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Bishop Ramsey School is committed to Safeguarding and promoting the welfare of all of our studentsEach student’s welfare is of paramount importance. We recognise that some children may be especially vulnerable to abuse.  We recognise that children who are abused or neglected may find it difficult to develop a sense of self-worth and to view the world in a positive way.  Whilst at school, their behaviour may be challenging.  We recognise that some children who have experienced abuse may harm others.  We will always take a considered and sensitive approach to enable us to support all of our students.

Any Safeguarding concerns during school hours should be reported immediately by calling 01895 639227

During out of school hours, details of your concern should be sent via email, copying ALL members of the Safeguarding Team (as listed below).

Students: You can also report any concerns you have out of school hours or term time by using the Safeguarding button when you are logged into the Student Portal.

Designated Safeguarding Team at Bishop Ramsey School

Every school is required by the DfE Guidance Keeping Children Safe in Education, to designate a member of staff to the role of Designated Safeguarding Lead (DSL). This member of staff is supported by a team of Designated Deputy Safeguarding Leads (DDSL).

Our Safeguarding Policy can be viewed and downloaded at the bottom of this page.

Safeguarding team January 2024

Mr A Jeffries DDSL

Mr M Britton DDSL

Ms C Priestely DDSL

Mr S Forrest DDSL

Ms A Maycock


Everyone working in or for our school shares an objective to help keep children and young people safe by contributing to:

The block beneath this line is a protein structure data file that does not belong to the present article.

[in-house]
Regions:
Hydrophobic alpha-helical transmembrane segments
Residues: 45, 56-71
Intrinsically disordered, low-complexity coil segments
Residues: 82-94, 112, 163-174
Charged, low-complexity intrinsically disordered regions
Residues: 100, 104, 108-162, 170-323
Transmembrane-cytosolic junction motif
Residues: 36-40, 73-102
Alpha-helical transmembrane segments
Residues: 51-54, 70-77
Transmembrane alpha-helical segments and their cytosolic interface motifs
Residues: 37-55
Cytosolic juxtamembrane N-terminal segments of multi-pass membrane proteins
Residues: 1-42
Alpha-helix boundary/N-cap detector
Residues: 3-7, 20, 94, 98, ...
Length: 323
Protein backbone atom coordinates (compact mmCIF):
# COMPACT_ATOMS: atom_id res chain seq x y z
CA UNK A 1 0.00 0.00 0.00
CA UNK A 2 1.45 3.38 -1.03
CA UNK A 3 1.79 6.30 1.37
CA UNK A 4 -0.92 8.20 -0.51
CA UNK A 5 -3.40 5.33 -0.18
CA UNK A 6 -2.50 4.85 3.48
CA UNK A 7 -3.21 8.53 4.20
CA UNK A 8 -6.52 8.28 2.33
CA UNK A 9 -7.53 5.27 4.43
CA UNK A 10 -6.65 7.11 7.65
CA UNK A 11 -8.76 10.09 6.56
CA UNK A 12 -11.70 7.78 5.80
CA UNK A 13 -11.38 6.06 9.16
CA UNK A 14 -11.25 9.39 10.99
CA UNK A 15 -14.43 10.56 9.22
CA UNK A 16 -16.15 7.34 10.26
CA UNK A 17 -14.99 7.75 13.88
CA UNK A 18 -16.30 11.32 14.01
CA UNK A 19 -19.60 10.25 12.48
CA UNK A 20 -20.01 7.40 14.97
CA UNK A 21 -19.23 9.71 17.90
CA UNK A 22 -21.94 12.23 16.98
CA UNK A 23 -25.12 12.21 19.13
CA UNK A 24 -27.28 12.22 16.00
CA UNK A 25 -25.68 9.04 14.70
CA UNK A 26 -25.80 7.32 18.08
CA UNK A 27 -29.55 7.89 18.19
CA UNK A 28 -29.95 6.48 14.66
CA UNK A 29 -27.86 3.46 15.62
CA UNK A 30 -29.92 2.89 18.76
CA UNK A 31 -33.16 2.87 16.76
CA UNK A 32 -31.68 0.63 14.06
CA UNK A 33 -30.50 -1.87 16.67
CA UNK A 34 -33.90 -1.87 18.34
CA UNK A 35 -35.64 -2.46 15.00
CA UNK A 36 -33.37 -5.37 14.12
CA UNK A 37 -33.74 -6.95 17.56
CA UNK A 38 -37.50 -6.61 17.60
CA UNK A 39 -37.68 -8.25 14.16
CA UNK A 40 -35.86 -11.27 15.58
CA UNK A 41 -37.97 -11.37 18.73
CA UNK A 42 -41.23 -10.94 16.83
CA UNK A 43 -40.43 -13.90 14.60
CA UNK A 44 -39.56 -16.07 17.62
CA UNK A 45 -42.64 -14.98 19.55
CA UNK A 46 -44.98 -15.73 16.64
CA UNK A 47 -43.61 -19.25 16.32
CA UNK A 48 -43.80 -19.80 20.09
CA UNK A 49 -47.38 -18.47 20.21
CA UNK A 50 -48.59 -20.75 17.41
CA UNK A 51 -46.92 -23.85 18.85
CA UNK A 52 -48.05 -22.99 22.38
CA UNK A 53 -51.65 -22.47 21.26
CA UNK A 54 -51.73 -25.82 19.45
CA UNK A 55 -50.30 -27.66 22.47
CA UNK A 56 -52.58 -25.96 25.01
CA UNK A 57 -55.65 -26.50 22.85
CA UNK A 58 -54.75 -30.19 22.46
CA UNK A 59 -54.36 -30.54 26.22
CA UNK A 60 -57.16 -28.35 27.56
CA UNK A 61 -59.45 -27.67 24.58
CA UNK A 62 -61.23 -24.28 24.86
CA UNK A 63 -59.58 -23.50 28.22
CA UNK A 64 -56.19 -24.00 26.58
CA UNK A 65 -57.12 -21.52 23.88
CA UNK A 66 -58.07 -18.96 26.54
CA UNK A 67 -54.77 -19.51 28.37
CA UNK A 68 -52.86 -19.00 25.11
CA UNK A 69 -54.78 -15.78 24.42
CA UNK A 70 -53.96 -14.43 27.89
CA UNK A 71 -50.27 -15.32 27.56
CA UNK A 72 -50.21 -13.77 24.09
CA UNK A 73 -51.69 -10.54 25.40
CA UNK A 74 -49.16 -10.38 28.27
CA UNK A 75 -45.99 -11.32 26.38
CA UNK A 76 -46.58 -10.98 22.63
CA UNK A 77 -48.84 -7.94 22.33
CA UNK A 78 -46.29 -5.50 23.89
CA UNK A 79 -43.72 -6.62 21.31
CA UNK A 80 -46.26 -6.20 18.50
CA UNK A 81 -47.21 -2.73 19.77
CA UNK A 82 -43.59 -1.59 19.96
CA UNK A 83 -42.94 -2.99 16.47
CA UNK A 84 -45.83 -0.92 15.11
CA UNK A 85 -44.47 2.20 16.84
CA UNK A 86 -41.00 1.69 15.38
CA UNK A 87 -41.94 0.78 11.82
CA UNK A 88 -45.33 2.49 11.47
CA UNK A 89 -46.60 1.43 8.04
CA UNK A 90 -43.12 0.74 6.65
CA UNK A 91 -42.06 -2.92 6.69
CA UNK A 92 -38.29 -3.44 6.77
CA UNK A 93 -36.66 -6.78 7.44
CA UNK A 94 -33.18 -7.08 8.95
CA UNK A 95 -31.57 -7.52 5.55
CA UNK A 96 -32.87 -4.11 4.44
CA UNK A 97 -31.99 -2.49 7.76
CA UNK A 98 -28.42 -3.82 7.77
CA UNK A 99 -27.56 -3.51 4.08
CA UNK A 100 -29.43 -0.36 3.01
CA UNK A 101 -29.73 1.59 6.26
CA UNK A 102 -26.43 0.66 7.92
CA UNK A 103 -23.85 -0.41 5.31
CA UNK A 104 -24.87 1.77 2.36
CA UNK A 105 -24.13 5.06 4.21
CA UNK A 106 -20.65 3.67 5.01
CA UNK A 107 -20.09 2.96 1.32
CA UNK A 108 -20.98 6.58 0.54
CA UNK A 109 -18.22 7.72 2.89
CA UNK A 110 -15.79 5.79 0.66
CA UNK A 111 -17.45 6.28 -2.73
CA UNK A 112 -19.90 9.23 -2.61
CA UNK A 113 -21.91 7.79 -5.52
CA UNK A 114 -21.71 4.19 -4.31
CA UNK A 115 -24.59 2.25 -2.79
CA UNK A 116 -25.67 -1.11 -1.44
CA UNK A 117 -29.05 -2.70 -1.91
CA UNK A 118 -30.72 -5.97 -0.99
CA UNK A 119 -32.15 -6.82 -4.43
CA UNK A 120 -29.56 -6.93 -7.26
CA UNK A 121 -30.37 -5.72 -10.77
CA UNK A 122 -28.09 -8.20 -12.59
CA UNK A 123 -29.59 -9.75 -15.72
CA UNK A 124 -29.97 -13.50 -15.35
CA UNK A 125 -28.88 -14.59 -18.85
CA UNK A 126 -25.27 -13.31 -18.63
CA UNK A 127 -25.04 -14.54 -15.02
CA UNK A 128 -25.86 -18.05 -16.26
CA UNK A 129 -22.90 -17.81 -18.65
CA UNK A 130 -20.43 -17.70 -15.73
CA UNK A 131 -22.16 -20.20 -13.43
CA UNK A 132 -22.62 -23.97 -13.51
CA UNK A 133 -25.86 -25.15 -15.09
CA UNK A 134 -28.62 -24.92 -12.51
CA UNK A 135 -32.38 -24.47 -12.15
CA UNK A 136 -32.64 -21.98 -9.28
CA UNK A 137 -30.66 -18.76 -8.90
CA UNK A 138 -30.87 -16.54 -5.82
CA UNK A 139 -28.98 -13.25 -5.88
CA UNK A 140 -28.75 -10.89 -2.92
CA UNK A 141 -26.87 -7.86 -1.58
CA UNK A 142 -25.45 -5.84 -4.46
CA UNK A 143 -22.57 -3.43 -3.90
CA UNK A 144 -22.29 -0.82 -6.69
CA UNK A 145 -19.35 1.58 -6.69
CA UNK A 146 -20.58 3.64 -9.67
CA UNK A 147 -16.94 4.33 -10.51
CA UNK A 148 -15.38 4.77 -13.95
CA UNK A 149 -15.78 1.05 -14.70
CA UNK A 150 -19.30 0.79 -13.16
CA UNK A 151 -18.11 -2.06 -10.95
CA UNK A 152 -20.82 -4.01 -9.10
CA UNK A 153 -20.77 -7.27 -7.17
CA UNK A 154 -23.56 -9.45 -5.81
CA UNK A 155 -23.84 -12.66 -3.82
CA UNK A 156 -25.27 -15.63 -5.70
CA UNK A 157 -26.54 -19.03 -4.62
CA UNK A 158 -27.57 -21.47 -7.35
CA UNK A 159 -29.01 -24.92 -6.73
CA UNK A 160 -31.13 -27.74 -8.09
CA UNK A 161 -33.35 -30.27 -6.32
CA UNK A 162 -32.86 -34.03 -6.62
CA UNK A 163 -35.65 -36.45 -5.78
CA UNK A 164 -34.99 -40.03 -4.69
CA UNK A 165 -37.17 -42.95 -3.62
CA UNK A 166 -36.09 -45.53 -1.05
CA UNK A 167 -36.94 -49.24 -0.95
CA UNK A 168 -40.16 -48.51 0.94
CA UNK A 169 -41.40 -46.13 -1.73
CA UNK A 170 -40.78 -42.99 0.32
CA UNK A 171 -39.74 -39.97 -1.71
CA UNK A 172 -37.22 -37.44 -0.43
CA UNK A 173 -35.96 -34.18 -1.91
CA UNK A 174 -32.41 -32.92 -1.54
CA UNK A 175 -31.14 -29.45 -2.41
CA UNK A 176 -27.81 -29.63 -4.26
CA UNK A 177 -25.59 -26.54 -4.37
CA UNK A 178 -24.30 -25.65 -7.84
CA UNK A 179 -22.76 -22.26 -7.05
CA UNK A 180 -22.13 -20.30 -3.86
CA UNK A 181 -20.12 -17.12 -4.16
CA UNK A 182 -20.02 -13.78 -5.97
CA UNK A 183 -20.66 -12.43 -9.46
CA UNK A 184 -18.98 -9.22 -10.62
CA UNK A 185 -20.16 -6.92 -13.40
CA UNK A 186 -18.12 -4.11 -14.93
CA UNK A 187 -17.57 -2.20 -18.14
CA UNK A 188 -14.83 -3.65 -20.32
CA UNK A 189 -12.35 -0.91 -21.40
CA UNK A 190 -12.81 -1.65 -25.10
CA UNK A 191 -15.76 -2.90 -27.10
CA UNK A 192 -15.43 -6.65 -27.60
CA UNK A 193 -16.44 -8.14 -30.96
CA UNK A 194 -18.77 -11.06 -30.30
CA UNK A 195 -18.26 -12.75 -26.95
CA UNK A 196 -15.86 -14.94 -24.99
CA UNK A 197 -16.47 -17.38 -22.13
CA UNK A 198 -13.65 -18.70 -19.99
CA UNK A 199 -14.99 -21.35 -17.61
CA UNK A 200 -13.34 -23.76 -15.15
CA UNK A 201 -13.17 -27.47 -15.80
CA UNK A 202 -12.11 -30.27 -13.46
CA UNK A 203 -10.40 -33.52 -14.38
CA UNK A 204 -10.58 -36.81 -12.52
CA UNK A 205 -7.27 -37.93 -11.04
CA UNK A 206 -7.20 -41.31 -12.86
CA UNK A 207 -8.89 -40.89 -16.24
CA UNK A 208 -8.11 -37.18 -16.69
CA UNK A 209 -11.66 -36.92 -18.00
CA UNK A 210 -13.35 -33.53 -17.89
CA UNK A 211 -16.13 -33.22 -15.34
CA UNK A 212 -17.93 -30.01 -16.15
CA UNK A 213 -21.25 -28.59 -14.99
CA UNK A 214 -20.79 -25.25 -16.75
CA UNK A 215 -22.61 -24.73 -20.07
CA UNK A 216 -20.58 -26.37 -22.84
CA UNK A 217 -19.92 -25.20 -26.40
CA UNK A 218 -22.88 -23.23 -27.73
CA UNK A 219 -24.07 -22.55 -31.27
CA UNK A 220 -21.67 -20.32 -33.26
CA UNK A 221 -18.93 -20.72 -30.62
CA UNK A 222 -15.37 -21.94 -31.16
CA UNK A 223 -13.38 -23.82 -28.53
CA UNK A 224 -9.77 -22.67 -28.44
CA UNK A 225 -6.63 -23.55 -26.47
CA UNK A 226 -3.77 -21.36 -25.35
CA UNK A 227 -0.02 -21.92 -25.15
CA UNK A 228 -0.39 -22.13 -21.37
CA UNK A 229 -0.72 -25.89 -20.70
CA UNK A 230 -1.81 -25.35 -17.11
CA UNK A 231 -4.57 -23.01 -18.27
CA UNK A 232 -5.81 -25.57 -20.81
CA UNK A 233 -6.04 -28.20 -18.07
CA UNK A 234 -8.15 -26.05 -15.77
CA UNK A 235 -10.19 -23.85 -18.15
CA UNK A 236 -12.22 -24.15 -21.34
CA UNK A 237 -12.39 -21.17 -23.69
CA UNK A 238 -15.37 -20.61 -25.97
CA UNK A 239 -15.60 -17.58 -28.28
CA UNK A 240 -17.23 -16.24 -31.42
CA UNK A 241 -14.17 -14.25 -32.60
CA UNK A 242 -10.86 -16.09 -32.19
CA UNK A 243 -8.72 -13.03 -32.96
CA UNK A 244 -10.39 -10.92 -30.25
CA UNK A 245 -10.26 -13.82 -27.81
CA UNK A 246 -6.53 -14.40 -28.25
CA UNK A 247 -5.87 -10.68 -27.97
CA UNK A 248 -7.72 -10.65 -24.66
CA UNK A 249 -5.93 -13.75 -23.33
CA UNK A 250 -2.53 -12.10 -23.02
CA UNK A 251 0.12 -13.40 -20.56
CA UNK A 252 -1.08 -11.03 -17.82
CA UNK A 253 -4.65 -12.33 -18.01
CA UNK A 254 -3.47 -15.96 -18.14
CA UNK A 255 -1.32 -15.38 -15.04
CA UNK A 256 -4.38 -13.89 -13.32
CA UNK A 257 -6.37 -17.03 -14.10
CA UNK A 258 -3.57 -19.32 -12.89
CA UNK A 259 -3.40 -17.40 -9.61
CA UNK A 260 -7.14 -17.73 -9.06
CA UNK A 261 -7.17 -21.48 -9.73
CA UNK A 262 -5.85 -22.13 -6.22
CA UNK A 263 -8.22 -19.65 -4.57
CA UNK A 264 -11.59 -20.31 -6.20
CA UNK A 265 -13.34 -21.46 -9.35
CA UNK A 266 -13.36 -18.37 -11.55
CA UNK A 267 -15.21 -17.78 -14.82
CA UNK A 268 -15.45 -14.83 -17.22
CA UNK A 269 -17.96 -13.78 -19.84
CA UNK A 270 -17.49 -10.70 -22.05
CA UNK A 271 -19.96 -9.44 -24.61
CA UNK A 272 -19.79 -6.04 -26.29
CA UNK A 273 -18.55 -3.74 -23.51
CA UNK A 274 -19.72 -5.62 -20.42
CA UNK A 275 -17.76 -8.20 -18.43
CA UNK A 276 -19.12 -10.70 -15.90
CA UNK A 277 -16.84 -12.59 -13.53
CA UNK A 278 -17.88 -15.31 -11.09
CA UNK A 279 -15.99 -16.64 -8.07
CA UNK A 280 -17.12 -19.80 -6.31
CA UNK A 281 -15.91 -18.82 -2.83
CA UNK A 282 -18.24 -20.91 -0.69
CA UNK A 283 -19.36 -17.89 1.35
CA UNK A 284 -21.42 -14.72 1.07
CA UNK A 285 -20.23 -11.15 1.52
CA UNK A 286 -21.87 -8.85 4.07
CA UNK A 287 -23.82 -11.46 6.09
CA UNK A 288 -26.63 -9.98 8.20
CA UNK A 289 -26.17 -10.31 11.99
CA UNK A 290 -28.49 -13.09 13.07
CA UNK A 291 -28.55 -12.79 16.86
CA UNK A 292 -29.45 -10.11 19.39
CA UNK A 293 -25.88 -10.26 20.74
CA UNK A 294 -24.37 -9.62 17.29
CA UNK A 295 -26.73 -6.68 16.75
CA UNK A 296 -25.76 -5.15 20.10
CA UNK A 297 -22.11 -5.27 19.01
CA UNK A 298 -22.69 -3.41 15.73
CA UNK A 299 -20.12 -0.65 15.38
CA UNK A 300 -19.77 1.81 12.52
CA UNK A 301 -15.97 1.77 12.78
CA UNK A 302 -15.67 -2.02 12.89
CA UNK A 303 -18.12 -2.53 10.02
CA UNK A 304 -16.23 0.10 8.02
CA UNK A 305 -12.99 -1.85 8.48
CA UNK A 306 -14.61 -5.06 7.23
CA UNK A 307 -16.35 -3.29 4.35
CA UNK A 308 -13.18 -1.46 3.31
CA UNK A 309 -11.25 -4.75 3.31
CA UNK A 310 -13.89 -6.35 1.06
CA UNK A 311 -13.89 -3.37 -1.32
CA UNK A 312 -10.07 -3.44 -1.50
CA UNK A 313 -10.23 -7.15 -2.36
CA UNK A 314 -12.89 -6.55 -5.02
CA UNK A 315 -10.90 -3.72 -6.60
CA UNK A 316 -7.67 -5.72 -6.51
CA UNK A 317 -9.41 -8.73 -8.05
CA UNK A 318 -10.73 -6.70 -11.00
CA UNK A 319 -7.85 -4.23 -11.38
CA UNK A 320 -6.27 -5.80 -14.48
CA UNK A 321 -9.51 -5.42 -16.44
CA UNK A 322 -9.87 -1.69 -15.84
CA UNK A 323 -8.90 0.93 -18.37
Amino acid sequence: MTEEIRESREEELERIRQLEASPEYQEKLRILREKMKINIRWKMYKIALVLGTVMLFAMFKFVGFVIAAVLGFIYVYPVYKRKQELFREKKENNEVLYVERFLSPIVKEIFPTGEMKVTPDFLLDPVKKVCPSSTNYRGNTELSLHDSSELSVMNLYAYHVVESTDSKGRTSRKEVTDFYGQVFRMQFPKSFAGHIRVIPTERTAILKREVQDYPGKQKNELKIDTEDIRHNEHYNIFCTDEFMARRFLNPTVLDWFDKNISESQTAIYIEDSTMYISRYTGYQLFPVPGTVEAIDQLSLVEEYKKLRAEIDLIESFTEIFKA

• Providing a safe environment for young people to learn and develop in our school setting.

  • Identifying young people who are suffering or likely to suffer significant harm and taking appropriate action with the aim of making sure they are kept safe both at home and in our school setting.

Staff who work with children, especially those who have regular daily contact, have a duty to help protect children from abuse. They must know how to recognise possible abuse and they should be familiar with the process of recording information on the school’s Child Protection Referral Form.

At Bishop Ramsey School we work extremely hard to ensure all our students are safeguarded and that their families are supported.

We work with many agencies to provide the best possible care for our students and we train all our staff to be aware of and sensitive to child protection issues.

If you have any concerns about the welfare of a child please talk to any teacher or you can speak directly to a member of the school’s safeguarding team.


Our Culture of Vigilence

At Bishop Ramsey School we:
  • Believe safeguarding and protecting children is everyone’s responsibility
  • Identify signs of concerns immediately
  • Utilise the latest technologies to ensure fast, accurate and confidential reporting of any safeguarding concerns to the school's Safeguarding Team who can respond quickly
  • Train all our staff to the highest level
  • Keep all staff updated with new guidance and policies
  • Monitor attendance thoroughly
  • Have rigorous monitoring of vulnerable children
  • Communicate regularly with external agencies
  • Listen to our students
  • Care for each other
  • Have an open culture
  • Support our students and their families
  • Teach our students how to keep safe at all times

Types of Abuse